What is the relation between tensor calculus and Einstein's field equations? or What is the contribution of tensor calculus to Einstein’s field equations?

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    $\begingroup$ Could you make the question more specific? For example, could you ask about specific aspects of tensor calculus, instead of saying "it's somewhere in my multiple links"? $\endgroup$ – J.G. Jun 18 '20 at 6:10
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    $\begingroup$ Just realized this is probably a duplicate of Layman's explanation and understanding of Einstein's field equations $\endgroup$ – StephenG Jun 18 '20 at 6:27

Well many people have wrote entire books to answer this question but I will attempt to give you some high-level 'Ten-Thousand Foot View'. Hopefully by reading this you can gain a bit of context that can serve as a launching point into further investigations of your own! :)

First and foremost I would start by addressing what it is that the Einstein Field Equations are intended to provide you with as mathematical tool. By no means is this a rigorous definition, but the most basic purpose of Einstein's Field Equations are to provide the ability of describing space-time which has intrinsic curvature. This warping of space-time corresponds to what we experience as gravity.

So, now that we have a basic description of what the field equations do, we can began to explore your actual question!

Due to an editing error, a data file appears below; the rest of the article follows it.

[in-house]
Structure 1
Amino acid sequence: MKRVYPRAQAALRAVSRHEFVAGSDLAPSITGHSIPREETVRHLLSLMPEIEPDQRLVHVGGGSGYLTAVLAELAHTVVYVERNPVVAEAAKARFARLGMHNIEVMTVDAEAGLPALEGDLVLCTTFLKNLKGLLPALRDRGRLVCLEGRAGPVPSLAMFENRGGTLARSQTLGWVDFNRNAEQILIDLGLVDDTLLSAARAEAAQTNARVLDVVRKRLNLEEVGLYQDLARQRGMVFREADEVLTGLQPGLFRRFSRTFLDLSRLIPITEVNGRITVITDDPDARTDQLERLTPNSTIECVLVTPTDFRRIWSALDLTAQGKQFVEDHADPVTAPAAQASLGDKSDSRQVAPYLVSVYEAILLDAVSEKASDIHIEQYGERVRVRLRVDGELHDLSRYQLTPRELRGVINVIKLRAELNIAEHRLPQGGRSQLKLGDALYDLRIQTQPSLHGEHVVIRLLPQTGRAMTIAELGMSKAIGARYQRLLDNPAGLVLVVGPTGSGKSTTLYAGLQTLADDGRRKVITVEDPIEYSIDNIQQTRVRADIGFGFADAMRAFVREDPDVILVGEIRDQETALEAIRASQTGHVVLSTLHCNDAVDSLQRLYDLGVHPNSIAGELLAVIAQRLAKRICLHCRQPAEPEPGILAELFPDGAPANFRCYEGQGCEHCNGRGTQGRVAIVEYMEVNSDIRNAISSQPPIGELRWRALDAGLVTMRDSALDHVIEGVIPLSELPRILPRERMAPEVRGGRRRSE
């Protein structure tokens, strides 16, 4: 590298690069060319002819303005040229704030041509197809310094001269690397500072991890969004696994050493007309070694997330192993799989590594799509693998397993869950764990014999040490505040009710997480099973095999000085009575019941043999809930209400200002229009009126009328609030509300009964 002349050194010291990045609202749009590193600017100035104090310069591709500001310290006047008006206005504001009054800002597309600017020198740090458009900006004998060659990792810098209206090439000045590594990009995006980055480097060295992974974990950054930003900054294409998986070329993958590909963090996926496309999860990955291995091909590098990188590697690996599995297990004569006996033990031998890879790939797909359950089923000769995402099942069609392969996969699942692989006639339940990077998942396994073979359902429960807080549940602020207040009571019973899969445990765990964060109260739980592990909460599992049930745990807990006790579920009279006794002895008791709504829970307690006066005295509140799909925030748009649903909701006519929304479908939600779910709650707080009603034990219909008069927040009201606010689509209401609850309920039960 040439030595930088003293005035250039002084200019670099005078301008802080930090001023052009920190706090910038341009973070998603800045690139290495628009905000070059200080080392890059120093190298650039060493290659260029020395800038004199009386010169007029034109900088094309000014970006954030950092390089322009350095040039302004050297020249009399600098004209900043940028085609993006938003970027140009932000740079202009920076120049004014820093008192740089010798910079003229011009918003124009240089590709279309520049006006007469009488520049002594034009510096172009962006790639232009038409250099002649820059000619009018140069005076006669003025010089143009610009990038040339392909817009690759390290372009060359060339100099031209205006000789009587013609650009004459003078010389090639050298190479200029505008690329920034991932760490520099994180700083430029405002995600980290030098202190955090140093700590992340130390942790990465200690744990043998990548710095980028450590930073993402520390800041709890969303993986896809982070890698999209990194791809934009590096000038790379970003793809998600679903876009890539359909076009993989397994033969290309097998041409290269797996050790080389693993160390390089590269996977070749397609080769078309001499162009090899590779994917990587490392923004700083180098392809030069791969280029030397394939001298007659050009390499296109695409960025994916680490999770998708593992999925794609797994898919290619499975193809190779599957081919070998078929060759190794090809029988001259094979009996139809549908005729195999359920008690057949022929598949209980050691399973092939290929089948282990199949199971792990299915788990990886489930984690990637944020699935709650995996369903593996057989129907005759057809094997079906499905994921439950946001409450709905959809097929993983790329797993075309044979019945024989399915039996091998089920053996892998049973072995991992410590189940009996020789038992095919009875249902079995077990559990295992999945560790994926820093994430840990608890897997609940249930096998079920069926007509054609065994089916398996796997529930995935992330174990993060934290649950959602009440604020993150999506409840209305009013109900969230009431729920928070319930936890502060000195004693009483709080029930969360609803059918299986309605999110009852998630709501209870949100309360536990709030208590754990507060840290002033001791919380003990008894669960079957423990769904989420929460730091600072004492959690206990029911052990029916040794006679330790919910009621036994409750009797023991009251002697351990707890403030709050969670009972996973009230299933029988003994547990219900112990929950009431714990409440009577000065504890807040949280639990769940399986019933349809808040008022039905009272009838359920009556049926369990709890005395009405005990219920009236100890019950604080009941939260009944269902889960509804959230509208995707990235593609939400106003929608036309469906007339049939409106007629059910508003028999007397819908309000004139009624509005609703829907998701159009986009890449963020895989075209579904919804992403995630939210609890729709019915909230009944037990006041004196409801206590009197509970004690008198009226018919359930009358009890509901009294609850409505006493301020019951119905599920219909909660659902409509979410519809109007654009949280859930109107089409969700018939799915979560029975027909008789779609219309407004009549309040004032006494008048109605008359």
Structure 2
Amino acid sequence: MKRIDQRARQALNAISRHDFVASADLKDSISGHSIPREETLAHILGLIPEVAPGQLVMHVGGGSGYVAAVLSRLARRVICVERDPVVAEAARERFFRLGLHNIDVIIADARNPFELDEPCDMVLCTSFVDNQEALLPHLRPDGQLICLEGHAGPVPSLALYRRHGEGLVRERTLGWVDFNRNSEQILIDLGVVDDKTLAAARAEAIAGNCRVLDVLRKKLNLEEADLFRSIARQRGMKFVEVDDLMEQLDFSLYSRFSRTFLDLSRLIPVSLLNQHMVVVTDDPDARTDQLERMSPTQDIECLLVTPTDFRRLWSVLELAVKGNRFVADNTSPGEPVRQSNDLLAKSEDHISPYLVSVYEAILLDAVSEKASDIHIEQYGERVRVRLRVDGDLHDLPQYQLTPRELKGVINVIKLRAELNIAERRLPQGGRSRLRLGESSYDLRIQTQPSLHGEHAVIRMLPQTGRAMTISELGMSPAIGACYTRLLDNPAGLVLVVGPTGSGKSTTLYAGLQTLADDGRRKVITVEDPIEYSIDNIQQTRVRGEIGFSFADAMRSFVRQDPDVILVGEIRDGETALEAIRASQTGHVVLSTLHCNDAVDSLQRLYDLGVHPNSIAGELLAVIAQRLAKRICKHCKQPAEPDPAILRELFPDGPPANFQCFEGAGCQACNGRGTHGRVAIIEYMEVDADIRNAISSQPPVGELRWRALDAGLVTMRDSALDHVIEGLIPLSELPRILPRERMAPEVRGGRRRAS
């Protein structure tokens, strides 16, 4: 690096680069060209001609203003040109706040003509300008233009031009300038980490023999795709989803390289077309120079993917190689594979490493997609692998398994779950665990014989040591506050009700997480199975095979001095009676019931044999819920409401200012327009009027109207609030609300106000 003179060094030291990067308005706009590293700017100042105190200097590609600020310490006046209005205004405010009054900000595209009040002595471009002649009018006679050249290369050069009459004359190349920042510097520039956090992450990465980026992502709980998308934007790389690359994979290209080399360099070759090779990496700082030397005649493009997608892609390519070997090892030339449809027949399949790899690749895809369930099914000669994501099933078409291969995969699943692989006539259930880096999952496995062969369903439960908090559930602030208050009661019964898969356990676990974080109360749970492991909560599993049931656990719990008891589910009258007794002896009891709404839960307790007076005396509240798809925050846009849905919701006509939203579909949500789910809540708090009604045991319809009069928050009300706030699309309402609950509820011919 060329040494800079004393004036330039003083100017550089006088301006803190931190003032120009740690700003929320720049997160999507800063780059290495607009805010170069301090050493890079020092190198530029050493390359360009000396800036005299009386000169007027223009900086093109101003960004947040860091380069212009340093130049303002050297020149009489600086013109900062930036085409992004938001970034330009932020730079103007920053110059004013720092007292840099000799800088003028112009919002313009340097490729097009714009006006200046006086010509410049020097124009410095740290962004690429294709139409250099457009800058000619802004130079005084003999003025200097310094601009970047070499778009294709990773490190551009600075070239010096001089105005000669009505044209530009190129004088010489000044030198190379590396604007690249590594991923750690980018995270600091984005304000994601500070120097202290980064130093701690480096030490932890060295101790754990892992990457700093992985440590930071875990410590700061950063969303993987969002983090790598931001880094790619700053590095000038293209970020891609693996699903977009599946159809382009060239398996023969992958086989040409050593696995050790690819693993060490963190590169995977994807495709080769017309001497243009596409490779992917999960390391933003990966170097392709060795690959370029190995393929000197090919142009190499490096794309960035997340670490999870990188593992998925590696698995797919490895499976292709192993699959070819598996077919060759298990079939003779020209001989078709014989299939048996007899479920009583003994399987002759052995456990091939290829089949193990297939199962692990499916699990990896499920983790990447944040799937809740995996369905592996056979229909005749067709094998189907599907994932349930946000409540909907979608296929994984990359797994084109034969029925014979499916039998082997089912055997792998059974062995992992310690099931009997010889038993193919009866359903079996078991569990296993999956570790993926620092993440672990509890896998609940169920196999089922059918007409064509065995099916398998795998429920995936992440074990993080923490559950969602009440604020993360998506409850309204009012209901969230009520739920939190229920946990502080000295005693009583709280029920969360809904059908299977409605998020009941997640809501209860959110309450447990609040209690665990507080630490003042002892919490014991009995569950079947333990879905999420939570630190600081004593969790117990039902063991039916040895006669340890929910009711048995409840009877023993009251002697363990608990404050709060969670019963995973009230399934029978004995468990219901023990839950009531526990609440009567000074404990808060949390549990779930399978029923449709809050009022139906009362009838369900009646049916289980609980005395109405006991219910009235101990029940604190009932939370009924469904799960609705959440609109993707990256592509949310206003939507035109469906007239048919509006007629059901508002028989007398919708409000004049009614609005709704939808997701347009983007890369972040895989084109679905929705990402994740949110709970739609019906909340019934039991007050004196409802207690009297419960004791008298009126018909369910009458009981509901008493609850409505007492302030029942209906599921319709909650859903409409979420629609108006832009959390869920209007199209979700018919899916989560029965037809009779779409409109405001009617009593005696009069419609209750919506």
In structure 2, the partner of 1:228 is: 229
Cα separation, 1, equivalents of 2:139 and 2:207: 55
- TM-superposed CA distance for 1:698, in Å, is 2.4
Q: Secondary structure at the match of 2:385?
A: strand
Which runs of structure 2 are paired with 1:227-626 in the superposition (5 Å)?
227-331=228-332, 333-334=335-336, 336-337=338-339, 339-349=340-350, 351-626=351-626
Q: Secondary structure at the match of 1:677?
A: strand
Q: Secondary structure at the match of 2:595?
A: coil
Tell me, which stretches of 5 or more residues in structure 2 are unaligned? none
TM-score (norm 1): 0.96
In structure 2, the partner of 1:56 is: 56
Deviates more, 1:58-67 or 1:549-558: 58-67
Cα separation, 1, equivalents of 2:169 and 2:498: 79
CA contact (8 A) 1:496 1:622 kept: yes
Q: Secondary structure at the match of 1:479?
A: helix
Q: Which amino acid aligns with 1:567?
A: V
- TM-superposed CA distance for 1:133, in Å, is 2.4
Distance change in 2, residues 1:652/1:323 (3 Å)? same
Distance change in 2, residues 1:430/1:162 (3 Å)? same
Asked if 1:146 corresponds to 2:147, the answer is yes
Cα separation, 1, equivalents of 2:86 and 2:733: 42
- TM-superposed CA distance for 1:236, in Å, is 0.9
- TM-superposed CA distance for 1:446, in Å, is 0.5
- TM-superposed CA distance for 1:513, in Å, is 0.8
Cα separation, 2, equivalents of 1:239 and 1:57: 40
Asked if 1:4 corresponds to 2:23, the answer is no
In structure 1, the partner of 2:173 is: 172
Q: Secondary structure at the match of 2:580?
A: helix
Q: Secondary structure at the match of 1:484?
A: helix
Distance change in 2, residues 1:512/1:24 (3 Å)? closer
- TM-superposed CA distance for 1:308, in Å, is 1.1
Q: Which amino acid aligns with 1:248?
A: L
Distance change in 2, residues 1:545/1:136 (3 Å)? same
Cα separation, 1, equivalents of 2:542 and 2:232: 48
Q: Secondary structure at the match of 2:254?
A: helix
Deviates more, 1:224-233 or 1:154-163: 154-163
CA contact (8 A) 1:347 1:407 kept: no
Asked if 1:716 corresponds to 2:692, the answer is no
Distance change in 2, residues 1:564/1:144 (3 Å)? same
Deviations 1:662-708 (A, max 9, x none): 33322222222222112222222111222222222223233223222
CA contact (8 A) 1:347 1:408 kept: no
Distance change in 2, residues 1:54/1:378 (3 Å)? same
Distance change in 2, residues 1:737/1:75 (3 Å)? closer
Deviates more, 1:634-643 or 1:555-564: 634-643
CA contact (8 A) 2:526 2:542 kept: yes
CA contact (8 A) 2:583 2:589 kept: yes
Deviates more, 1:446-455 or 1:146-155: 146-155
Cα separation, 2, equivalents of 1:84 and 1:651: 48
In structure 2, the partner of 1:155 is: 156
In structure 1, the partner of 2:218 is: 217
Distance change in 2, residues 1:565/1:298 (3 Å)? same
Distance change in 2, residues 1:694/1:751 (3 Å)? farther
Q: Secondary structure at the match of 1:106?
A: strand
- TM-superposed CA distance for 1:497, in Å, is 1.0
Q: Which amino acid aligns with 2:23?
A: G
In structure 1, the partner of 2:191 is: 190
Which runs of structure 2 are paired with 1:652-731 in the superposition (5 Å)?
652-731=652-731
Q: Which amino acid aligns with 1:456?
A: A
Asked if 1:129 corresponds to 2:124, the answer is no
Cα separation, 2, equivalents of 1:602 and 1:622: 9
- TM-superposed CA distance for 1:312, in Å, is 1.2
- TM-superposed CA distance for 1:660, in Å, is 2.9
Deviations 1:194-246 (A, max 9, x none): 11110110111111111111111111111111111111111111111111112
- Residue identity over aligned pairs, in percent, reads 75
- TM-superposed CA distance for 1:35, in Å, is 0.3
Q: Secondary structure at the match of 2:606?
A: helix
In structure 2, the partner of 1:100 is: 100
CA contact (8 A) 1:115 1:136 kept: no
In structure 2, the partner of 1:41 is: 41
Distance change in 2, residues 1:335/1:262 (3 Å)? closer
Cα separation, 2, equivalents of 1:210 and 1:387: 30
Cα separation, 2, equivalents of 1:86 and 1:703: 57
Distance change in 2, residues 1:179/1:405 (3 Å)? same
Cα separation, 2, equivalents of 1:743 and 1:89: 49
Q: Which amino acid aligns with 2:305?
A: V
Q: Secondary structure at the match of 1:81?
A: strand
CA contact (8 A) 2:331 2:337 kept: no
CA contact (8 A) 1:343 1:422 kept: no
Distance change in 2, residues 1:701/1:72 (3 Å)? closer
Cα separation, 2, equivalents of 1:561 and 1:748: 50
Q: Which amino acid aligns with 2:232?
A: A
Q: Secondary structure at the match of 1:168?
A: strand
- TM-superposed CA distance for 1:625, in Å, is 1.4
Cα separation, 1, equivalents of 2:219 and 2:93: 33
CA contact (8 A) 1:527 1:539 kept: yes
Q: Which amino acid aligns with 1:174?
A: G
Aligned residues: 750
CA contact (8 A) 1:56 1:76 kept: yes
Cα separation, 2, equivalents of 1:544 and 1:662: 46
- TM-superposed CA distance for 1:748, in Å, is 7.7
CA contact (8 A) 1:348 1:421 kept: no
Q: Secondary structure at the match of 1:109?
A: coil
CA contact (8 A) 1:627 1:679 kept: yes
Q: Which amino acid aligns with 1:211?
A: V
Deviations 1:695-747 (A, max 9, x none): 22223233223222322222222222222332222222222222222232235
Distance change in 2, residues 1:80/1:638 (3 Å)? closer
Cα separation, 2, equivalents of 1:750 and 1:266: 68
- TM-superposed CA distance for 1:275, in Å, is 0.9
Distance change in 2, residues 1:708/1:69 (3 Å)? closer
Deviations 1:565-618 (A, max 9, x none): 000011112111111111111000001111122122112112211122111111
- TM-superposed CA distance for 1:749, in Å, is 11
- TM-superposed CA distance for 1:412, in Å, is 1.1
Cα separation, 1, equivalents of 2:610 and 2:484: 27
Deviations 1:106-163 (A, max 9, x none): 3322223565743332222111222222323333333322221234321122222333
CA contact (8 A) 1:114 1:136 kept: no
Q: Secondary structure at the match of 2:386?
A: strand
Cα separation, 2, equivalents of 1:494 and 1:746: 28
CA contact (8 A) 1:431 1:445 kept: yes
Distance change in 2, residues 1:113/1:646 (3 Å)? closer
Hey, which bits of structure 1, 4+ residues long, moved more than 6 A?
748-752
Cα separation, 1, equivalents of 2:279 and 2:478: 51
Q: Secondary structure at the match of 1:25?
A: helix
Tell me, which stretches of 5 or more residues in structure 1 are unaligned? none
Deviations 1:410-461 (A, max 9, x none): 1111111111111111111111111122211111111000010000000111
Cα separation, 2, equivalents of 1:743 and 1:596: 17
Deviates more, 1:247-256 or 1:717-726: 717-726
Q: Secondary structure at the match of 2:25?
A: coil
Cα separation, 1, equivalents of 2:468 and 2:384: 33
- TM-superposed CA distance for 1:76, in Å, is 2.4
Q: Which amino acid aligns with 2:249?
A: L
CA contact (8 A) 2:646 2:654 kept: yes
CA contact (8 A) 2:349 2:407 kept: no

"How is tensor calculus applied to Einstein's field equations?"

So to best understand the correlation between Tensor Calculus and the Field Equations, I would begin to think about the following. In school when you are learning basic geometry and trigonometry, you are working within a coordinate system which is referred to as the Cartesian Frame. In other words, this is the standard grid system where you have an intersecting horizontal and vertical line for each integer location forming four quadrants in a 2D plane. Now, when you first learn calculus, you are learning how to deal with curves and motion within a cartesian coordinate system.

Here is where Tensor Calculus comes into play! The Einstein Field Equations are generalized to work irrespective of the coordinate system which you define. In order to accomplish this, the field equations utilize Tensor Calculus, which has the same relationships as mentioned in the previous paragraphs, but with the added capability of transforming between coordinate systems arbitrarily.

So in conclusion, the same way that if you wish to describe the motion of a 3D object when thrown through the air, utilizing basic calculus and trig in a cartesian coordinate system, you would use Tensor Calculus via the Einstein Field Equations to describe that objects motion IRRESPECTIVE of the underlying coordinate system, while also describing the effect which the object itself has on the intrinsic curvature of the space which it travels through. (The path that an object will take is called a Geodesic for further research if you so desire!)

Hopefully this helps clarify a bit, that the Field Equations are defined USING tensor calculus in order to grant the extra properties discussed in the above sections. There are many things that I have left out and like I said whole books are written about this topic, but this is what I believe is the core of what you are trying to discern! Let me know if you need anything further clarified!


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